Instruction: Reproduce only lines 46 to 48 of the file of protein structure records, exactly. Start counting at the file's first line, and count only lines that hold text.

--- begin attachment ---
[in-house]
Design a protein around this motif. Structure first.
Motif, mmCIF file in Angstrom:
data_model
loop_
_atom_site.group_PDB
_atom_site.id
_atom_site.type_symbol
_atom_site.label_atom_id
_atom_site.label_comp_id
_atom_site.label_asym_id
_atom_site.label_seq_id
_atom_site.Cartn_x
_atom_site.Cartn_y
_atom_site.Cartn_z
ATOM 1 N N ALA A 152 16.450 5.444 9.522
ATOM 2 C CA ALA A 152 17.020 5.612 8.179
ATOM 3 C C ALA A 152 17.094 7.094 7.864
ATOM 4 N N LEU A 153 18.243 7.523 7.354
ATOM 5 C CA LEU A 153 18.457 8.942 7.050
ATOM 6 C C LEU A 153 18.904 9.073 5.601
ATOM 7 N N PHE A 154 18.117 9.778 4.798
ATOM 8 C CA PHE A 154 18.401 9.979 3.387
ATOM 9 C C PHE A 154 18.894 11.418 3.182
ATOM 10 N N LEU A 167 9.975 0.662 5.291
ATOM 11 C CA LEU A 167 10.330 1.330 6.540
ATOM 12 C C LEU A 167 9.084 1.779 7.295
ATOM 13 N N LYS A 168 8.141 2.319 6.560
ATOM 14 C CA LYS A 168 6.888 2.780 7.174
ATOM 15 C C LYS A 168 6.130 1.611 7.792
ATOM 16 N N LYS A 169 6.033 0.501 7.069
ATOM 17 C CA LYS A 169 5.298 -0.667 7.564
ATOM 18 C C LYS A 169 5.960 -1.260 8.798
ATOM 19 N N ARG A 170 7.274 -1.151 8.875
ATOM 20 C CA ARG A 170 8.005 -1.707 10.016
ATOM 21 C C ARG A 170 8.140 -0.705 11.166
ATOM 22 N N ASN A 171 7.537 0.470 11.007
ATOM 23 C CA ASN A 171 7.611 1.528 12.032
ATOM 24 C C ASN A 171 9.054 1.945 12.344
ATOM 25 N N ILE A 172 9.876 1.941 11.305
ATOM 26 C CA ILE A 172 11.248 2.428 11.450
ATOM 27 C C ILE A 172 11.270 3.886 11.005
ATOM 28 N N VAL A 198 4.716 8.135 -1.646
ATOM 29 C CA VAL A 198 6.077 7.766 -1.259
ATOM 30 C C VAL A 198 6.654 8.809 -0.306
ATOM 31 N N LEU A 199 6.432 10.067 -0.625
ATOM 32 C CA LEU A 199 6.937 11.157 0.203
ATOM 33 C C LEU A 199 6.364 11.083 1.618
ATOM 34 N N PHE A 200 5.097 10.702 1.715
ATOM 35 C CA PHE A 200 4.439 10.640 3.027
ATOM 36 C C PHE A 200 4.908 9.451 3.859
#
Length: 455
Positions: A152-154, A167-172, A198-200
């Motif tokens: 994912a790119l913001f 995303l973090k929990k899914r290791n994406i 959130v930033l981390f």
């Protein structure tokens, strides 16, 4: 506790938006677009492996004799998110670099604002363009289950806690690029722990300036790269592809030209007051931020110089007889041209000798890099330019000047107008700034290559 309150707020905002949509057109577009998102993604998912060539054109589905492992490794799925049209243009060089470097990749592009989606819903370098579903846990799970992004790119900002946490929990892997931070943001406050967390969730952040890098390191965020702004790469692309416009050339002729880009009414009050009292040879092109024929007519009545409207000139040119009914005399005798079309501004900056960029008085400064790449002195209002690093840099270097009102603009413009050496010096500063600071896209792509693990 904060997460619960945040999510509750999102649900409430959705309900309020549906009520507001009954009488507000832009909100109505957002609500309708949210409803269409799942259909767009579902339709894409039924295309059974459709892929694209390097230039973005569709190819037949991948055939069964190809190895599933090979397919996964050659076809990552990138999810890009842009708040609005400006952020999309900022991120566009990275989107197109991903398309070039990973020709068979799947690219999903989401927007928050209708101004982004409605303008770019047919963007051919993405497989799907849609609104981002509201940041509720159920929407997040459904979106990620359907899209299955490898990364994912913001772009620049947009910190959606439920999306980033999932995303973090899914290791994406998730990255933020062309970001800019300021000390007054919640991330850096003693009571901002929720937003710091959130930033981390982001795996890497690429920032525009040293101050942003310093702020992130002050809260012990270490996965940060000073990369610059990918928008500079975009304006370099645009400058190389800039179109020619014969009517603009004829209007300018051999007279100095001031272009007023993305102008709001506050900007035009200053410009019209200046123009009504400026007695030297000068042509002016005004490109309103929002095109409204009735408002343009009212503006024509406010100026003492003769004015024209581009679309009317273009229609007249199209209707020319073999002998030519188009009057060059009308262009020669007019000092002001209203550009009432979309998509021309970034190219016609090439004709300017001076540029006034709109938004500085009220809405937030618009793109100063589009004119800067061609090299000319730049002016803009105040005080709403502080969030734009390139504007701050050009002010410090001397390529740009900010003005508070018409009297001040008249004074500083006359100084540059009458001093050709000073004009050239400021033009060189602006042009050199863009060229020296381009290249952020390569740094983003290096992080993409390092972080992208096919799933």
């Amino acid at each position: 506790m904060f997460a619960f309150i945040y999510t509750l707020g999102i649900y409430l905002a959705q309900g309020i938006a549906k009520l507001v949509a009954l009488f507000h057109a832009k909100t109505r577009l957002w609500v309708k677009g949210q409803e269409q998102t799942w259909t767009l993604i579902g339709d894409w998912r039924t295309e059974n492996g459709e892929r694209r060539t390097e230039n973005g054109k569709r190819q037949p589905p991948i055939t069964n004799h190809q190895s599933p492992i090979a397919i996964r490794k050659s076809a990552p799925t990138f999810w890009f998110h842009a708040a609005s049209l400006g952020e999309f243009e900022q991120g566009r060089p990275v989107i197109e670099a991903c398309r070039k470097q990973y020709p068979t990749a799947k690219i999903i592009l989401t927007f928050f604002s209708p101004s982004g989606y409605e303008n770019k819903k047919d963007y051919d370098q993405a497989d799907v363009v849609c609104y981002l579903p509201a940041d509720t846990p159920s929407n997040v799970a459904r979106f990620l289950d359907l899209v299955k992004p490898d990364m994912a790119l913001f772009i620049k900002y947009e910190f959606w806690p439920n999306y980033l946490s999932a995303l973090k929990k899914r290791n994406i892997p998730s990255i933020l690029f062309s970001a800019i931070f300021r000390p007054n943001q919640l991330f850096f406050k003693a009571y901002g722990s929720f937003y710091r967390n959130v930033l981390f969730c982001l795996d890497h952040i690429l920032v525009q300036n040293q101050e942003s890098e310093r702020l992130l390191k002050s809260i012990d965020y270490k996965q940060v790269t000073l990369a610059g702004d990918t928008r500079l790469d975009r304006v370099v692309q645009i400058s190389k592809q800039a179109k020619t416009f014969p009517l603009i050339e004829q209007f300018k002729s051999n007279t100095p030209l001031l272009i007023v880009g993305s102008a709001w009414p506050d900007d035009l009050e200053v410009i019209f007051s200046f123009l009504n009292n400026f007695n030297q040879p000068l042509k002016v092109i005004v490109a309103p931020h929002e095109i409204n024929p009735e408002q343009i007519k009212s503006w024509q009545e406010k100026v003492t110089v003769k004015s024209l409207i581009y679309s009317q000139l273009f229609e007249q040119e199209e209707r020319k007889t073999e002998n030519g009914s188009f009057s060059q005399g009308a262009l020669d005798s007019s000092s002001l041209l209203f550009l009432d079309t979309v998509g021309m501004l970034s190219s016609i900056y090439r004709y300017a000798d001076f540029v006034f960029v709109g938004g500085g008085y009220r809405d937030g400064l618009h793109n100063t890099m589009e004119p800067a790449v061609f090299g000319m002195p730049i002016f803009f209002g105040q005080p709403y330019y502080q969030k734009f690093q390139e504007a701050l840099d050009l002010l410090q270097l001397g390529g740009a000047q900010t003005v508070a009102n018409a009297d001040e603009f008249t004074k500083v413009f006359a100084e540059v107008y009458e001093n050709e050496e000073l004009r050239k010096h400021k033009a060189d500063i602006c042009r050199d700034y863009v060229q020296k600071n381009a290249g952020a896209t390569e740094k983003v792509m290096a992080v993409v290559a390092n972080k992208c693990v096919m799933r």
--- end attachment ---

ATOM 31 N N LEU A 199 6.432 10.067 -0.625
ATOM 32 C CA LEU A 199 6.937 11.157 0.203
ATOM 33 C C LEU A 199 6.364 11.083 1.618